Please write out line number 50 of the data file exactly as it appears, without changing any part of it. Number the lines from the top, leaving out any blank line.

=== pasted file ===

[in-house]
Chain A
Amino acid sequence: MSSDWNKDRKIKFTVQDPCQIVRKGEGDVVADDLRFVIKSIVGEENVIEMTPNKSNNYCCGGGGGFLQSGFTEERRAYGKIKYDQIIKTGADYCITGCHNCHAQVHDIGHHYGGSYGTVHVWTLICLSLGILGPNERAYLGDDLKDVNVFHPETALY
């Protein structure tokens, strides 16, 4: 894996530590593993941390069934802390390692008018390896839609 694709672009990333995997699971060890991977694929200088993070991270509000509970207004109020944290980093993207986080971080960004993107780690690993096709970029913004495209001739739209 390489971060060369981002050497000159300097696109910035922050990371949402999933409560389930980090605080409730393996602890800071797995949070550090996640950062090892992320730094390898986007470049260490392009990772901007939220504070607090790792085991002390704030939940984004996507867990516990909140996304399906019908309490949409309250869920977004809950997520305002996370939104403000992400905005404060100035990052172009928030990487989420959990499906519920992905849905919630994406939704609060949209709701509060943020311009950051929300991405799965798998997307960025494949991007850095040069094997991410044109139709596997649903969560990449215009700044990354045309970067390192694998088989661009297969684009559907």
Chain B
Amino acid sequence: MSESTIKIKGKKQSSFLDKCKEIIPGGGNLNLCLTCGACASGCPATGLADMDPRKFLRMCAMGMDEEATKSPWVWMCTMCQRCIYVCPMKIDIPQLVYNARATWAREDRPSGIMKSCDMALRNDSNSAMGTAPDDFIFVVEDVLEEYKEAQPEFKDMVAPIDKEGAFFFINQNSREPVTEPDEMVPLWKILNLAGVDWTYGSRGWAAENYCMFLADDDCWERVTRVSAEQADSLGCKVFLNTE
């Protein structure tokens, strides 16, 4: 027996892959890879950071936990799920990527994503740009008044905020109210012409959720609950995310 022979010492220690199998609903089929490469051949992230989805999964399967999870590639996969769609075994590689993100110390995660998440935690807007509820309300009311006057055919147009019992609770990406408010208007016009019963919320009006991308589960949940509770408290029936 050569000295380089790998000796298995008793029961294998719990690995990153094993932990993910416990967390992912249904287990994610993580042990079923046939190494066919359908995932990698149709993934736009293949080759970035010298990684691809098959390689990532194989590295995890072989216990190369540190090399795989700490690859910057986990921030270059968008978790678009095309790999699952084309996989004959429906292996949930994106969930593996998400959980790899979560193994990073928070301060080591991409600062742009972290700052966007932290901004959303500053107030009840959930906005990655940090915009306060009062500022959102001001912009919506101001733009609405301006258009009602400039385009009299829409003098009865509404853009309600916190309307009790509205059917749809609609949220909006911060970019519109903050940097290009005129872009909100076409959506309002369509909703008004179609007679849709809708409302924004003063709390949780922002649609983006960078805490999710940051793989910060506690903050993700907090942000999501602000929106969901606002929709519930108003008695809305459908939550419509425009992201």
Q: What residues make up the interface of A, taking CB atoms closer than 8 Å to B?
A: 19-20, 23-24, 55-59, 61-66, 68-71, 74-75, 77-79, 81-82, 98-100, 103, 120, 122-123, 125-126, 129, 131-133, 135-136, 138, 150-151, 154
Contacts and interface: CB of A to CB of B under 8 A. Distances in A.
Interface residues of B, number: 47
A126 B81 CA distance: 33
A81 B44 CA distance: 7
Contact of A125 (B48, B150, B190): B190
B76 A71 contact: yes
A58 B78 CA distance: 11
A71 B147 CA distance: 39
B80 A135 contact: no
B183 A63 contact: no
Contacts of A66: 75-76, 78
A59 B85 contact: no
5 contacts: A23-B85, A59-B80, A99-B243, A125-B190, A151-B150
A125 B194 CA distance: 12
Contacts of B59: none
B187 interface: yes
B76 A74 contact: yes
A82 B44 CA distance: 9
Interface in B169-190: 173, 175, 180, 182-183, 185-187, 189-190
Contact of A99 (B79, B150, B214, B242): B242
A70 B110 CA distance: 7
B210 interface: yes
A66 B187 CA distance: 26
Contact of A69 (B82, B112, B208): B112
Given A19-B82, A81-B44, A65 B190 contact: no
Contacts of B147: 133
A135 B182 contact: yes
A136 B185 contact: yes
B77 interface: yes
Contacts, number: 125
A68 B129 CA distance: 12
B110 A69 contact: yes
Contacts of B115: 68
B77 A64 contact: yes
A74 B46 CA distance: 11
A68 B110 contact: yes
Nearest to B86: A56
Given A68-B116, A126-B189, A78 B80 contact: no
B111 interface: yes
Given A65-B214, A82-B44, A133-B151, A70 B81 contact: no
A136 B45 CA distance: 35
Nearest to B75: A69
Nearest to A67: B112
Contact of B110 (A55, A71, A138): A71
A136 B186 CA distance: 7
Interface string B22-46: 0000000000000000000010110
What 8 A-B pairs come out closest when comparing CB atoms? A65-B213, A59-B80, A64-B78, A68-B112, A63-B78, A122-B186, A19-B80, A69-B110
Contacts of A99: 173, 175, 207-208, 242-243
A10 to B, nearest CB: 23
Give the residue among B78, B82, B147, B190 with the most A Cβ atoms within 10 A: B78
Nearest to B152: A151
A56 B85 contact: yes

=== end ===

A136 B45 CA distance: 35